Posts for tag: Scars
The scar from when you fell off your bike as a child, from a recent car accident, from a surgery or even from acne may be a constant and painful reminder of events you'd rather forget. While you may not feel any physical pain from these wounds, scars can make you feel self-conscious or embarrassed, particularly if they are located on exposed skin.
The good news is dermatologists now have many treatments available to significantly reduce the appearance of scars, no matter what their cause was!
Scars are an abnormal healing response of the skin to injury, resulting in atrophic scars, which are skin depressions, or hypertrophic scars and keloids, which are elevated. The larger the surface area of skin affected, the greater the chance of a noticeable scar. Scars occur with equal frequency in men and women, although they most often develop between the ages of 10 and 30. While scars can be disfiguring physically, psychologically or both, significant itching and burning can also accompany hypertrophic scars and keloids.
How Do Scars Form?
Scars form when the dermis--the deep, thick layer of skin--is damaged. The body forms new collagen fibers to mend the damage, resulting in a scar. The new scar tissue will have a different texture and quality than the surrounding tissue. Scars typically form after a wound is completely healed.
There are a variety of different kinds of scars, but most are flat and pale. However, in cases when the body produces too much collagen, scars can be raised. Raised scars are more common in younger and dark-skinned people. Some scars can even have a sunken or pitted appearance, which occurs when underlying structures supporting the skin are lost. Some surgical scars may have this appearance, as do some scars formed from acne.
By visiting your dermatologist, you can better understand your scars and the treatments available to help diminish their appearance.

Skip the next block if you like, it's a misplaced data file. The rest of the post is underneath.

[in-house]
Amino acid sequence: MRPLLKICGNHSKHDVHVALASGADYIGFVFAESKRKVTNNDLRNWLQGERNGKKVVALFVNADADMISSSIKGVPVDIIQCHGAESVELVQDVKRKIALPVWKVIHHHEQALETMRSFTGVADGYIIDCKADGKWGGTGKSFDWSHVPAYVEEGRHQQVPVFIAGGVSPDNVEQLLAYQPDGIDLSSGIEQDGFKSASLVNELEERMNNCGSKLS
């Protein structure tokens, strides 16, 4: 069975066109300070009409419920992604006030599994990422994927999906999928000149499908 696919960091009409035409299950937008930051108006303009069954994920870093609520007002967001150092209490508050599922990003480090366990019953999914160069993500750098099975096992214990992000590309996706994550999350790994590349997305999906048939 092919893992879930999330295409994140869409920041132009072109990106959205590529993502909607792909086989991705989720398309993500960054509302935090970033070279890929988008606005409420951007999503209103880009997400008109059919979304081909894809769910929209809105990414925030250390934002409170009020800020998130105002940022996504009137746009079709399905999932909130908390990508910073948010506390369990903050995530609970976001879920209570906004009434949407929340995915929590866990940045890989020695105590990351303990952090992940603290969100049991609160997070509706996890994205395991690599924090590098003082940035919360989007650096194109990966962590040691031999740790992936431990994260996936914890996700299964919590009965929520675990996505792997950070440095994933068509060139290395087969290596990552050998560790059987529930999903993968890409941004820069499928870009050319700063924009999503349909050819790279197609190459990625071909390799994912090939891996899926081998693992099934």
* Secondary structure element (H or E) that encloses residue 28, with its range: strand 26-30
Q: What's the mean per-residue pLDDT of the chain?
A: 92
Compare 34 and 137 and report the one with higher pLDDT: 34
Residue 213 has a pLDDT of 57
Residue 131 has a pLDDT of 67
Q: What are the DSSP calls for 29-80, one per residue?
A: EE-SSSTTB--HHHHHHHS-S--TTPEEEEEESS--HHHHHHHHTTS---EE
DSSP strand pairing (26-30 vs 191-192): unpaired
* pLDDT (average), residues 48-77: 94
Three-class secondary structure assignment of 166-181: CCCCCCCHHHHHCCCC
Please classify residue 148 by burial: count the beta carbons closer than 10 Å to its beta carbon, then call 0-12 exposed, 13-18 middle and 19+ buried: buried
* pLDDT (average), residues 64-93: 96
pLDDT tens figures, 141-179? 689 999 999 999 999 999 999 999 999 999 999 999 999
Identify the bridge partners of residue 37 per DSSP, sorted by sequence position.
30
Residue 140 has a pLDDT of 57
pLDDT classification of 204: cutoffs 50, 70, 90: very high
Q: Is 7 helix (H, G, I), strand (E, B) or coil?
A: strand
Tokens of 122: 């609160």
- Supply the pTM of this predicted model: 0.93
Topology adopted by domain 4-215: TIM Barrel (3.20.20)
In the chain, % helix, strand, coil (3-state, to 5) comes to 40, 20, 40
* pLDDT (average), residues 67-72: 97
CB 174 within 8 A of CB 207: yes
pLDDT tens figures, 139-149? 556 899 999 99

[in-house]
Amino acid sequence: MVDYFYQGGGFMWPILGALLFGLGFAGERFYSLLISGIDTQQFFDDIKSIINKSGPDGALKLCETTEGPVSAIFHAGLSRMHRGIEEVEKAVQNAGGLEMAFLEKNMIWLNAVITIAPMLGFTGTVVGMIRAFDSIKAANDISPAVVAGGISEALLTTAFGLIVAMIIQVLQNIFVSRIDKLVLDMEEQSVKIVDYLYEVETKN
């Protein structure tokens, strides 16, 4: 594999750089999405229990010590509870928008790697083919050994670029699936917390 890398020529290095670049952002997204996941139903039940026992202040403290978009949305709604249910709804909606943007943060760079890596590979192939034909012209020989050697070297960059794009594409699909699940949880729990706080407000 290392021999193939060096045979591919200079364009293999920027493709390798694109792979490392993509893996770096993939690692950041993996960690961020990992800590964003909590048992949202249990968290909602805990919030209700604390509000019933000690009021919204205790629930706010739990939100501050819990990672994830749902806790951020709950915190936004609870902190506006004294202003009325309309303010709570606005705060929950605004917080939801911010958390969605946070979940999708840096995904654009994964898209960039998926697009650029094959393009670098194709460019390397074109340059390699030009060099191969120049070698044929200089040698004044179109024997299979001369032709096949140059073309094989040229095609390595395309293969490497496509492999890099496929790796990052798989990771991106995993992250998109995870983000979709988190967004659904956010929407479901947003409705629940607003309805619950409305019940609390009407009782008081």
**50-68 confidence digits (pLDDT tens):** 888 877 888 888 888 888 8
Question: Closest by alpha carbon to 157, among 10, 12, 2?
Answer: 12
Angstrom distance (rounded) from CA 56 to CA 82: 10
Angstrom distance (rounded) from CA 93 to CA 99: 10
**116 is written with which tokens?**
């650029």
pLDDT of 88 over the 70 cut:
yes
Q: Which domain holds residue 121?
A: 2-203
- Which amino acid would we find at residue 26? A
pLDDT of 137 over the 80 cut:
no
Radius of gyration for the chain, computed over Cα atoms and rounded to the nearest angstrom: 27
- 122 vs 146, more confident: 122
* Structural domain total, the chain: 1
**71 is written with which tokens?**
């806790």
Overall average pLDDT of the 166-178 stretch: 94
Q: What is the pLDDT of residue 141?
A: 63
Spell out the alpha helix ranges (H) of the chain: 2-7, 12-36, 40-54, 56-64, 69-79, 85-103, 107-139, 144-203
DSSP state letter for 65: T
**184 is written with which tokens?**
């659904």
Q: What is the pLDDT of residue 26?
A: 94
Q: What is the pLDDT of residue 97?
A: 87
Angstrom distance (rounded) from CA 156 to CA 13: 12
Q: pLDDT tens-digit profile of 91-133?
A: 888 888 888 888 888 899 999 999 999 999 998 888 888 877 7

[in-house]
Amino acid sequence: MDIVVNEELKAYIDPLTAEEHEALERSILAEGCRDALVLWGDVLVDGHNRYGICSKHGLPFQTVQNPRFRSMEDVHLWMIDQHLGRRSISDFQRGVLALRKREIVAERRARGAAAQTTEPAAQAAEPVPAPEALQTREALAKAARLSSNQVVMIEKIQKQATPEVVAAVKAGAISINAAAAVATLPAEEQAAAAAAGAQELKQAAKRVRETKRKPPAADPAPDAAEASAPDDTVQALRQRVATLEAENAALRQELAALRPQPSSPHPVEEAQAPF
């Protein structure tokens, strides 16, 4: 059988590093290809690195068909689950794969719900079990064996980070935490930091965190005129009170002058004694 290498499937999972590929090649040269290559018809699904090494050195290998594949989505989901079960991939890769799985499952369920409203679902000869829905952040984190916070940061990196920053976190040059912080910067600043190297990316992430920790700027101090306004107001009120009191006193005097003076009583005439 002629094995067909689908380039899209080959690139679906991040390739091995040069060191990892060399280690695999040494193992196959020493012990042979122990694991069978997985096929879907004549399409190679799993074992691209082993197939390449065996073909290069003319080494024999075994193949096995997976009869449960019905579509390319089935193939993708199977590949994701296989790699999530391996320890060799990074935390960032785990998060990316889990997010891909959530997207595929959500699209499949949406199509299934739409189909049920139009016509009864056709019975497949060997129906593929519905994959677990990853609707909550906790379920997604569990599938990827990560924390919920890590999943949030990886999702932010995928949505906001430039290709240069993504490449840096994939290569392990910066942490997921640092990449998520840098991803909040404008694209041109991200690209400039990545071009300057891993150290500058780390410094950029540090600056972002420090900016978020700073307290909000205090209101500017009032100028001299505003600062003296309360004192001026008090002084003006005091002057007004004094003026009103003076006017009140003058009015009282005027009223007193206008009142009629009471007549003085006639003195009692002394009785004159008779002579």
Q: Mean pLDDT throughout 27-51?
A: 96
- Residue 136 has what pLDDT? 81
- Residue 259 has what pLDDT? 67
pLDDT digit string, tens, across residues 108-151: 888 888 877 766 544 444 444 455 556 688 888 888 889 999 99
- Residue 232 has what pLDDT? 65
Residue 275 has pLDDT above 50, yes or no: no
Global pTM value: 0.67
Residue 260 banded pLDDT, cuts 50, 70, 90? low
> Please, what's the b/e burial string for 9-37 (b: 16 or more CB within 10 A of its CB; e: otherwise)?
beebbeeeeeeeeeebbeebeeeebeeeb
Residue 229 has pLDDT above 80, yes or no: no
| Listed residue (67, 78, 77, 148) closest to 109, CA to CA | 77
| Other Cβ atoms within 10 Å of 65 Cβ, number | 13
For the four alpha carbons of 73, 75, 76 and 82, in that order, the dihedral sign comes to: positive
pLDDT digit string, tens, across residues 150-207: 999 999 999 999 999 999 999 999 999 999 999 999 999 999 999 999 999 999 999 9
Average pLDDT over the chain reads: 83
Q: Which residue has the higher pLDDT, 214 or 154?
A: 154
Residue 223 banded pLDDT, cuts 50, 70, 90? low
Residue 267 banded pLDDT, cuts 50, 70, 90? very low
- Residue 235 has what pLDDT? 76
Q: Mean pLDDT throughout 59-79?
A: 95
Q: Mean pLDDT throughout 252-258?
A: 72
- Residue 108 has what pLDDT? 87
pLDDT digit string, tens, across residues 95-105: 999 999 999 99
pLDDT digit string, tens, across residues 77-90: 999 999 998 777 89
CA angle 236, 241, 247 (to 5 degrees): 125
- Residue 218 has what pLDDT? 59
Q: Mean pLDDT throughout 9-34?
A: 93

Scars left behind from acne, surgery, chicken pox, burns or other injuries, especially when they appear on your face, can be disfiguring physically and emotionally.
Scars are a natural part of the skin’s healing process, and most small scars fade over time to become nearly invisible. The larger and more severe the skin damage and the longer it takes to heal, however, the more prominent the scar will be. If the appearance of a scar bothers you, a visit to your Peoria dermatologist may be in order.
Today, dermatologists offer many cosmetic treatment options that can significantly reduce the appearance of large, raised scars. Although scars cannot be eliminated entirely, modern cosmetic techniques can significantly minimize their visibility for an improved appearance.
Leading cosmetic dermatology options include:
- Dermabrasion: A technique that involves removing the upper layer of the skin, allowing new skin to regenerate.
- Laser scar removal: Using a high-energy light, a dermatologist can remove or reshape disfigured scar tissue. Different types of laser scar removal are used for different types of scarring.
- Microdermabrasion: A non-chemical, non-invasive procedure that applies microscopic crystals. This gently exfoliates and smooths the outermost layer of dead skin cells, revealing younger, healthier looking skin.
- Chemical peels: Typically administered as a facial peel, this treatment involves applying an acid solution to remove and smooth the scarred outer layers of skin.
- Topical cream, gel or ointment: Special creams can be applied directly to a scar to soften the tissue and promote healing.
In some cases, more than one treatment, or a combination of procedures, may be recommended to attain your optimal results. Advanced Desert Dermatology can help you determine the best treatment for your specific goals and degree of scarring.
If you are concerned about the appearance of your scars, visit your Peoria dermatologist. Most scarring is highly treatable by an expert. Advanced Desert Dermatology can assess the scar, review treatment options and help you select the most effective therapy for significantly reducing your scars’ visibility.